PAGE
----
Elizabeth and I have known one another for four years through membership of Exeter Writers. She is a constant source of amazement to me with her boundless enthusiasm for writing and stamina enough for three in all the writing and related enterprises in which she’s involved such as Chudleigh and Exeter Literary Festivals and myriad conferences and writers’ events.
Elizabeth, so glad you’ve made the time to tell us us about yourself and your writing… Educated as a scientist, I worked for more than thirty years as a pharmaceutical manufacturing consultant and technical writer. In 2006, I began writing creatively and in 2012, I gave up the day job to write full-time. I write both fiction and non-fiction. I am proud to be independently published.
What first inspired you to write? I was always good at English and loved crafting precise, well-formed sentences. During my first career, I wrote millions of words in the form of reports, training modules, articles and text books. But it was my huge stock of travel experiences that inspired me to start writing creatively. Even now, I tend to start from a location and work outwards to characters and a plot.
What was your first piece of creative writing? How old were you? I wrote a short story and a poem as part of a four-week competition in one of the Sunday newspapers, at the age of fourteen. I won a ten day holiday to France, Spain and Portugal as a result.
Which writers do you particularly admire? Fantasy writers Robert Jordan and Brendon Sanderson for their breadth of vision and complexity; Robert Macfarlane for beautiful prose; and Stephen King for every word he writes.
What do you love about writing? That moment when the characters take over and do something completely unexpected but, on reflection, completely appropriate.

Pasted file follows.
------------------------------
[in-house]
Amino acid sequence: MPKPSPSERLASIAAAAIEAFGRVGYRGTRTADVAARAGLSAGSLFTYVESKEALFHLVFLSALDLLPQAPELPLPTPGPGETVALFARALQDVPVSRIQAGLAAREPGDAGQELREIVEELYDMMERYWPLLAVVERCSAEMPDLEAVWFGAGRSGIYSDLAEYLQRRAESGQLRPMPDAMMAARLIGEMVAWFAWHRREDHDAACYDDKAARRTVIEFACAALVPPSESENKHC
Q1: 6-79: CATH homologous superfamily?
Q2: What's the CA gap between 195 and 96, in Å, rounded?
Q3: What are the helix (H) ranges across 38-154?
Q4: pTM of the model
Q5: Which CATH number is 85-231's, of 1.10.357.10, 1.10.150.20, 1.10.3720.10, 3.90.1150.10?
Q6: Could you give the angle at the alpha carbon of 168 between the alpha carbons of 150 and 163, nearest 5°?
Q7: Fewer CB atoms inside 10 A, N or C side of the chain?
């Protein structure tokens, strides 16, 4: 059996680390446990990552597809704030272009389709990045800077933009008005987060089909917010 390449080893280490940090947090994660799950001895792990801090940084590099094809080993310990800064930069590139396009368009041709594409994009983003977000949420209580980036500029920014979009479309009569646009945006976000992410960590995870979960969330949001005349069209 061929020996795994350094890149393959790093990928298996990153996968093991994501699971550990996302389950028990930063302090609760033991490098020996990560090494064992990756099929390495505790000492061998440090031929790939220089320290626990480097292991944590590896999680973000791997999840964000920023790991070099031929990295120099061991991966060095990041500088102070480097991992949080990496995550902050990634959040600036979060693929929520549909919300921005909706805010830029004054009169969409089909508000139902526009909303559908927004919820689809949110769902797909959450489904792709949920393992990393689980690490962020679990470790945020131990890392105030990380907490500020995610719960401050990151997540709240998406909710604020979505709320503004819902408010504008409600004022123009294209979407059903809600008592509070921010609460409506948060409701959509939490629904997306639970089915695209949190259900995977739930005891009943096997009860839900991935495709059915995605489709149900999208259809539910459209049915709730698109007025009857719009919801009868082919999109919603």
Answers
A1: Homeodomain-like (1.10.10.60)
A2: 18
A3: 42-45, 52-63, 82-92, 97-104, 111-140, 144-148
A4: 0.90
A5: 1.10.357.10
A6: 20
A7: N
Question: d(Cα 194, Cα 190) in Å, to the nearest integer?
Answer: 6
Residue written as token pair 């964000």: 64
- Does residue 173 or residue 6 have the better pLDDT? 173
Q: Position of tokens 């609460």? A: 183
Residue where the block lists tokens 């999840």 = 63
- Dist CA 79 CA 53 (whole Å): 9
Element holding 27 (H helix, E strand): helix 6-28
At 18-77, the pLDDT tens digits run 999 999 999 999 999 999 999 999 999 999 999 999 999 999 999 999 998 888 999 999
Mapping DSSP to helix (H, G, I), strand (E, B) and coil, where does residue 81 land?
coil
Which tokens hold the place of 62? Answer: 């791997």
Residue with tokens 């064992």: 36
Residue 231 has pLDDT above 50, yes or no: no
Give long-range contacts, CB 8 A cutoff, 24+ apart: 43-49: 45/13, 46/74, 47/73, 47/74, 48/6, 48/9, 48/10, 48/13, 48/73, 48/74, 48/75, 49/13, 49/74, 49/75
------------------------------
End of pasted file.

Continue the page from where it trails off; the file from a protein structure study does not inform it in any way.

What do you hate about writing? Staring at an empty page, waiting for the words to start flowing.
Describe your ‘portfolio’ of writing… In fiction, I have one stand-alone novel, GORGITO’S ICE RINK, which I describe as a tale of love, loss and broken promise; the Suzanne Jones trilogy of thrillers: COUNTERFEIT, DECEPTION and CORRUPTION, all set in the sometimes murky world of international pharmaceuticals; and three collections of short stories (one of my own and two co-authored with a friend). In non-fiction, THE BUSINESS OF WRITING is a series on writing skills for authors. Parts 1-3 are about setting up and running a writing business; Part 4, which is due out this summer, is about Independent Publishing; and Part 5 will be a workbook associated with the series. I also have a few other oddments that I have published over the years, but this is my main portfolio.
What is your current project? On the non-fiction side, I’m editing Parts 4 and 5 of THE BUSINESS OF WRITING, ready for launching in the summer. On the fiction side, I am taking a year off to research the history of the Romanovs, in preparation for novel #5, a time-slip set in Russia, which I will start writing during November.
Anything you’d like to add? I’m really excited about being an author at this time in the industry’s history. Being an indie is no longer the route of last resort for authors who can’t get a traditional publisher or agent. It is a positive choice, a realistic option, and there are a number of highly successful authors out there who have gone down this path. I’m delighted to be following in their wake.
My website: http://elizabethducieauthor.co.uk/